The 2019 study examined the role of probiotics in cognitive function and mood in 38 healthy individuals. Each volunteer received a probiotic mixture containing Bifidobacterium longum, plus Lactobacillus fermentumL. rhamnosus and L. plantarum, or a placebo for 6 weeks.

The results showed “significant improvement in mood,” with reduced anger and fatigue in those who were given probiotics. An interesting tidbit within the findings notes that by improving mood through probiotic intake, probiotics may play a role in changing our cognitive strategies when it comes to dealing with emotional problems by reducing sensitivity to negative situations.

The Medical School at Harvard University took note of the role of probiotics in cognitive function as well, citing the “gut-brain” axis as the key between the two. The gut and brain are linked through biochemical signaling between the nervous system and digestive tract. As a result, the gut and brain share multiple neurotransmitters including serotonin and dopamine, which are important in mood regulation.

Lactobacillus acidophilus  Lactobacillus acidophilus, or simply L. acidophilus is defined by its uncanny ability to attach itself to the cellular lining of the intestinal wall. This strain of good bacteria produces lactic acid, which may help prevent harmful bacteria from building inside the digestive tract. L. acidophilus has demonstrated in studies to keep the lining of the intestines intact.

Research has also begun to examine the benefits of L. acidophilus on vaginal health. Although more research is needed, this strain of probiotic could help with vaginal imbalance issues associated with an overgrowth of harmful microorganisms.

According to the American Society for MicrobiologyLactobacillus gasseri is another strain of Lactobacillus that benefits vaginal health as well. This strain is used in many commercial probiotics designed for women’s health and is administered to strengthen vaginal epithelial cells. Dr. Marcotte, Associate Professor at the Division of Clinical Immunology and Transfusion Medicine in Karolinska Institute in Stockholm, Sweden, states“administration of selected probiotic lactobacilli that adhere more strongly to the vaginal walls might help to restore a healthy microbiota.”

Bacillus coagulans – Like L. acidophilus, Bacillus coagulans produces lactic acid. B. coagulans is able to generate spores so that it reaches the intestinal tract intact. Think of Bacillus coagulans as an “armor-plated” form of probiotic designed to survive so that it delivers maximum power for digestive health, including support for occasional constipation along with minor gas and bloating.

As we mentioned, Bacillus coagulans is one of the most researched probiotic strains and is very popular in nutritional supplements. There are several patented forms of this hearty probiotic, each with various added characteristics. Bacillus coagulans is prized by probiotic supplement formulators because it provides great value. You do not have to load up a capsule with tens-of-billions of Colony Forming Units (CFUs) in the hopes that at least some of them survive the journey from your mouth, through your stomach, and into the intestines where probiotics do their work. Instead, Bacillus coagulans makes the journey with ease and gets the job done where and when it is needed.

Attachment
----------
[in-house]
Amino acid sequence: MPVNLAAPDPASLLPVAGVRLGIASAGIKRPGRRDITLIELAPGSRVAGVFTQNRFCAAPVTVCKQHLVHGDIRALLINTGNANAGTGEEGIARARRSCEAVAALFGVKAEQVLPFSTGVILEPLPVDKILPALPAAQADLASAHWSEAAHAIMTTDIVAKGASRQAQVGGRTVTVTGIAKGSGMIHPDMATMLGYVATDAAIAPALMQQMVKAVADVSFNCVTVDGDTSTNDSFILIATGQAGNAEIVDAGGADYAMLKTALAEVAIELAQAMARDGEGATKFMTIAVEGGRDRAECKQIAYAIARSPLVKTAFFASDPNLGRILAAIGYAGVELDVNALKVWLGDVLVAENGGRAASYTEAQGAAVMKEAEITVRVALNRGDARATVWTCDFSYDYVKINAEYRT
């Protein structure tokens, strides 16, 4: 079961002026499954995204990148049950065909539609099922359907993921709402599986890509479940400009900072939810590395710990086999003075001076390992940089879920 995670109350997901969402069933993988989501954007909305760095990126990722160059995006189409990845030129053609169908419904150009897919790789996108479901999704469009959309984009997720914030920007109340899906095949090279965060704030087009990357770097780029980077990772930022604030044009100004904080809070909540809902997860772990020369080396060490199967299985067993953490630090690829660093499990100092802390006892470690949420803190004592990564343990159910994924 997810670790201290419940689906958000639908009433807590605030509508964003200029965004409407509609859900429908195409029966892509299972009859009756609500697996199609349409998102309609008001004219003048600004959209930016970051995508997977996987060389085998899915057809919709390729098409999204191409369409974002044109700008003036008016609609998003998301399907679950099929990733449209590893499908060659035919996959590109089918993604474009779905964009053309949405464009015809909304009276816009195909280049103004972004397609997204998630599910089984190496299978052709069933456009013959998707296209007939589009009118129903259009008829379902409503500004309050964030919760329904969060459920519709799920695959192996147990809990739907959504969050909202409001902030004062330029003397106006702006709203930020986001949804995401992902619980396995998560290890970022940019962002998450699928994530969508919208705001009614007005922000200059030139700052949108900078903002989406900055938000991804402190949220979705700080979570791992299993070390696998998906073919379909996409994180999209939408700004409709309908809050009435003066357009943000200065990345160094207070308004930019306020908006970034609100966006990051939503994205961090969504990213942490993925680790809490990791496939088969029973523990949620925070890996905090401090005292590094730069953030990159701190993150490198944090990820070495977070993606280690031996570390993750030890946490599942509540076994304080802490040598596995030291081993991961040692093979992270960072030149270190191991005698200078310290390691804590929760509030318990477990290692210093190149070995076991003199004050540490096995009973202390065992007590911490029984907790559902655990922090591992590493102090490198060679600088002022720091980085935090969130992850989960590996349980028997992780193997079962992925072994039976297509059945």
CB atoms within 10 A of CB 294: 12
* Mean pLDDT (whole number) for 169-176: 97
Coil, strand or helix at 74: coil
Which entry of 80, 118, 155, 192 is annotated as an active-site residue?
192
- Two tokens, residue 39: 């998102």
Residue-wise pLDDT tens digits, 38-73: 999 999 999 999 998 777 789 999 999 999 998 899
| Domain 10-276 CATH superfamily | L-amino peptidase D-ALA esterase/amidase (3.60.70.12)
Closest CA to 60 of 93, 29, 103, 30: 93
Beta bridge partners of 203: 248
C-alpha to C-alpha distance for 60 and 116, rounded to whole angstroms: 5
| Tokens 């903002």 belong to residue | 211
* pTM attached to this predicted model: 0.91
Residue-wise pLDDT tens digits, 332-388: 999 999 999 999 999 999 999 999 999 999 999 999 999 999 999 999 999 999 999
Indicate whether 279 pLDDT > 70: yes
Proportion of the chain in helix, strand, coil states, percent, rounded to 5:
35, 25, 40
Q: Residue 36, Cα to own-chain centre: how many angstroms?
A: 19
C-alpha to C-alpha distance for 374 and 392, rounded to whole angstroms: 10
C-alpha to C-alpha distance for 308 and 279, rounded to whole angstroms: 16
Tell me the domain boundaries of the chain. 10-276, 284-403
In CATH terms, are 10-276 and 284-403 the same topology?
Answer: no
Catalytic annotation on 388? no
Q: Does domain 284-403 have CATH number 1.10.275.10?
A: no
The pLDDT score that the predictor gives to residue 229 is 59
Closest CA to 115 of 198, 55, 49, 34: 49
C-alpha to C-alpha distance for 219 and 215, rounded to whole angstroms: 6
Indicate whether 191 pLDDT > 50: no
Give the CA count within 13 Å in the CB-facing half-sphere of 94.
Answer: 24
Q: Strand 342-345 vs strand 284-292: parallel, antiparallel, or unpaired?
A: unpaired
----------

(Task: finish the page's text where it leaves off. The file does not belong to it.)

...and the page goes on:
The Link Between Probiotics And Vitamin D  

You may wonder why Vitamin D is included in a blog about probiotics. Well, the “sunshine vitamin” may be linked to probiotics more than you think. A recent study published in Nature Communications suggests that gut bacteria may be involved in converting inactive Vitamin D into an active form that benefits our health.

The UC San Diego researchers involved in the study sought further explanation by conducting a cross-sectional analysis of 567 older men. They found that Vitamin D levels in the blood were connected with the bacteria living in the gut microbiome. Active levels of Vitamin D and the number of “good” bacteria in the gut shared a connection as well.

Dr. Deborah Kado, director of the Osteoporosis Clinic at UC San Diego Health, expressed her thoughts on the findings to Medical News Today: “We were surprised to find that microbiome diversity — the variety of bacteria types in a person’s gut — was closely associated with active vitamin D but not the precursor form.” Dr. Kado added, “Greater gut microbiome diversity is thought to be associated with better health in general.”

It’s Time To Go Pro

It’s important to separate the friendly bacteria from the bad bacteria. Although probiotics are “good” bacteria, that doesn’t mean all strains are the same. And as insignificant as bacteria may seem, our bodies require the right number of probiotics to stay healthy. That is why it is helpful to learn what’s going on inside our microbiome, and what we can do to keep it on the right track. Soon enough, you’ll become a “pro” at probiotics!

References 

https://www.nccih.nih.gov/health/probiotics-what-you-need-to-know

https://my.clevelandclinic.org/health/articles/14598-probiotics 

https://www.healthline.com/nutrition/probiotics-and-prebiotics

https://www.nature.com/articles/s41467-020-19793-8

https://www.medicalnewstoday.com/articles/gut-bacteria-and-vitamin-d-what-is-the-link#Sunlight-exposure

https://ods.od.nih.gov/factsheets/Probiotics-HealthProfessional/

https://www.healthline.com/health/bifidobacterium-bifidum#research

https://aem.asm.org/content/80/2/730 

https://www.ncbi.nlm.nih.gov/pmc/articles/PMC3257727/

https://lactospore.com/about-lactospore/bacillus-coagulans

https://pubmed.ncbi.nlm.nih.gov/25855055/

https://www.ncbi.nlm.nih.gov/pmc/articles/PMC6025323/

https://journals.sbmu.ac.ir/afb/article/view/23958/pdf